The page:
it bleeds for my son. >> thomas strenko: we vividly remember charles cullen walking into the waiting room. he looked us right in the eye and stated how michael was gravely ill and people don't make it. and my wife told cullen, "that's enough. you can leave now." we're haunted by the memory of charles cullen coming to the waiting room to get our reaction. >> kroft: there were people that you caused to die who were not near death and not suffering that much. >> cullen: you know, again, you know, i mean, my goal here isn't to justify. you know, what i did there is no justification. i just think that the only thing i can say is that i felt overwhelmed at the time. >> kroft: can you give us anything?
can you give the families anything? any explanation for how this happened and why this happened? >> cullen: like i said, i... i can't... i just can't say that. it was more or less, you know, it felt like i needed to do something, and i... i did. and that's not an answer to anything. >> kroft: charles cullen was the youngest of eight children and grew up poor on this street in west orange, new jersey, protected by his mother. cullen was 17 when she died. he tried to kill himself. he spent six years in the navy, most of them as a missile technician on a nuclear submarine. he was miserable, felt bullied, tried to kill himself again. after receiving a general discharge, he decided to take up nursing.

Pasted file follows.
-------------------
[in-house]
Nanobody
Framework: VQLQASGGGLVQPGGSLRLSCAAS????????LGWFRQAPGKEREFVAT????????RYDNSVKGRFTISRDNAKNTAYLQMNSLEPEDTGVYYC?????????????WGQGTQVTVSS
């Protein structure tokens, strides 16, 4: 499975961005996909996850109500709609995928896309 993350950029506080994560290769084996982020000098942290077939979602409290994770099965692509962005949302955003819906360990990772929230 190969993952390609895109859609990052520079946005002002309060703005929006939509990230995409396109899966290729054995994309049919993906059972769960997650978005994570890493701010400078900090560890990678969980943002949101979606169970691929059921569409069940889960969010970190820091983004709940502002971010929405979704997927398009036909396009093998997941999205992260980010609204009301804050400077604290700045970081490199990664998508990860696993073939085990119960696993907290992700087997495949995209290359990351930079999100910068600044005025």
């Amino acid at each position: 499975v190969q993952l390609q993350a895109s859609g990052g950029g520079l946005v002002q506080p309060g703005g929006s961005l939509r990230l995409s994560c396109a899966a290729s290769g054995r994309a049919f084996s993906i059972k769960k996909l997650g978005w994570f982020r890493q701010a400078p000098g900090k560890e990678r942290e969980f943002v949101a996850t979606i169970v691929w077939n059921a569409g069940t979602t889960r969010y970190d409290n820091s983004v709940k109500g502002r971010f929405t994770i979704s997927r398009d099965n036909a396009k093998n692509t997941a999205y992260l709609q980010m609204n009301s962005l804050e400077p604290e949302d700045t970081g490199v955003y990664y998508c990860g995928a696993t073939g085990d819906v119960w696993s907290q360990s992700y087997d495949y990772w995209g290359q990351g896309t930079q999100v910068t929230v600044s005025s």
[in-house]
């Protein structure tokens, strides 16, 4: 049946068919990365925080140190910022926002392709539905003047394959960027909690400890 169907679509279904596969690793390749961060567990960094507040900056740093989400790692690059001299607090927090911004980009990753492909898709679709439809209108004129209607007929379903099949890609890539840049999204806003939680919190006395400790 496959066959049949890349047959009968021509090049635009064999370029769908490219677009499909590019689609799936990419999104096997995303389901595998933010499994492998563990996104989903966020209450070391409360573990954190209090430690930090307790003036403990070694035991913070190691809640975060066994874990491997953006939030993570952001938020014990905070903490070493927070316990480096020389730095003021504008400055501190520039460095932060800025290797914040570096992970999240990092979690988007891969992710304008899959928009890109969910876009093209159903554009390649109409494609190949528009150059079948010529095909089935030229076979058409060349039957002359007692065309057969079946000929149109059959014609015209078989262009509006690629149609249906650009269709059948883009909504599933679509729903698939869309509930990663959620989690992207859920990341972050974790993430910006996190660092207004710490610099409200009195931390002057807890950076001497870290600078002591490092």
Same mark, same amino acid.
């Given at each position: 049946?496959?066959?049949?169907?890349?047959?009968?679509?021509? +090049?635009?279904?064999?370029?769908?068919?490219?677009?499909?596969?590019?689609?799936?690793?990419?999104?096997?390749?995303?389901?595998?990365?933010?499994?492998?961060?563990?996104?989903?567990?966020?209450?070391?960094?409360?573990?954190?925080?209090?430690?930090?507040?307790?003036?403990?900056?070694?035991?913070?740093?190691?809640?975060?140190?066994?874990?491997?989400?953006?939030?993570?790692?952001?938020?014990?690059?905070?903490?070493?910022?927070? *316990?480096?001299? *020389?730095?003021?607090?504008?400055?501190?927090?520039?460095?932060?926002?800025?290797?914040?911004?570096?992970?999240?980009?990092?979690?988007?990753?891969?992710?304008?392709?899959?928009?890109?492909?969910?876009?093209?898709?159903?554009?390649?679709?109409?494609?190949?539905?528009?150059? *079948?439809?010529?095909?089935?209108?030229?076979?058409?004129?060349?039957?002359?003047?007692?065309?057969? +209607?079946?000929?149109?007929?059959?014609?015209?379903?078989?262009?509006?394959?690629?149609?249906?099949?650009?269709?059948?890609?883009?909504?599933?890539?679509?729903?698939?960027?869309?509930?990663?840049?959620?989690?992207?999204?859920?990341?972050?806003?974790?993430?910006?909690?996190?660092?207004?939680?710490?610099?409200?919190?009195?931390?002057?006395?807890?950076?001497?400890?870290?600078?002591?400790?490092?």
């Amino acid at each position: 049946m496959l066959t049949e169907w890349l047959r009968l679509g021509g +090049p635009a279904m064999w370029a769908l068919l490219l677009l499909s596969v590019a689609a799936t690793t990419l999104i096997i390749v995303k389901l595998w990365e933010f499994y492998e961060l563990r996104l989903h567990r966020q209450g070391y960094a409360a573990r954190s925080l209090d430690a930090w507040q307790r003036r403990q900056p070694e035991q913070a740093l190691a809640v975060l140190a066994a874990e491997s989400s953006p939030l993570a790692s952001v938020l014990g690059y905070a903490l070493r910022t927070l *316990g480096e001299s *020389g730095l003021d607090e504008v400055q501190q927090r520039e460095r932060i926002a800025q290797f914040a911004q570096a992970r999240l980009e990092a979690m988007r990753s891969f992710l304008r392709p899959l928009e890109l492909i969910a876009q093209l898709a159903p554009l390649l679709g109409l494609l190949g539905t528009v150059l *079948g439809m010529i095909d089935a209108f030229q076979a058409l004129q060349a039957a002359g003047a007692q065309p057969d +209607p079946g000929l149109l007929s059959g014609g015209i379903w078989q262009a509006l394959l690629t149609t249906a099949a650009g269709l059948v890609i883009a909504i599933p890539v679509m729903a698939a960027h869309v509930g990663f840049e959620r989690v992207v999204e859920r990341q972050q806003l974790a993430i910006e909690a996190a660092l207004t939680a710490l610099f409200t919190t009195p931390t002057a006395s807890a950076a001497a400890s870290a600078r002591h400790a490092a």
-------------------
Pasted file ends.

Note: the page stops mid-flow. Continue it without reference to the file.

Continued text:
he got married and started a family, but it all went sour. a messy divorce, custody battles, bankruptcy, heavy drinking, more half-hearted suicide attempts and trips to the psychiatric ward-- that was charles cullen's state of mind when he was killing people and on the night he finally confessed to the murders. >> cullen: i tried to kill myself throughout my life because i never really liked being who i was. because i didn't think i was worthy of anything. >> graeber: it was never about anyone but charlie cullen. he did what he did because of his own needs, his own compulsions. >> kroft: author charles graeber interviewed cullen more than a dozen times for his book, and he remembers seeing words like "paranoid," "major depression," "hostile," "passive-aggressive" and "anti-social" on psychiatric reports. >> graeber: he sees himself as a
victim, and, as a victim, he's entitled to lash out in any way he wants to make things right. if that means killing patients, anything justifies his victimhood. >> kroft: you said at one point that you thought it was about power and control. what do you mean? >> graeber: if the rest of his life was spinning out of control-- if he was losing custody, if he was feeling depressed, if his love life was in the toilet-- he could poison patients, he could save patients, he could make decisions. he had an arena in which he mattered and where his actions had definite consequences. >> kroft: here you have a person who tried to kill himself at least 20 times, who is in and out of psych wards, and, on some occasions, walked right out of the psych ward and right into a job as a critical care nurse.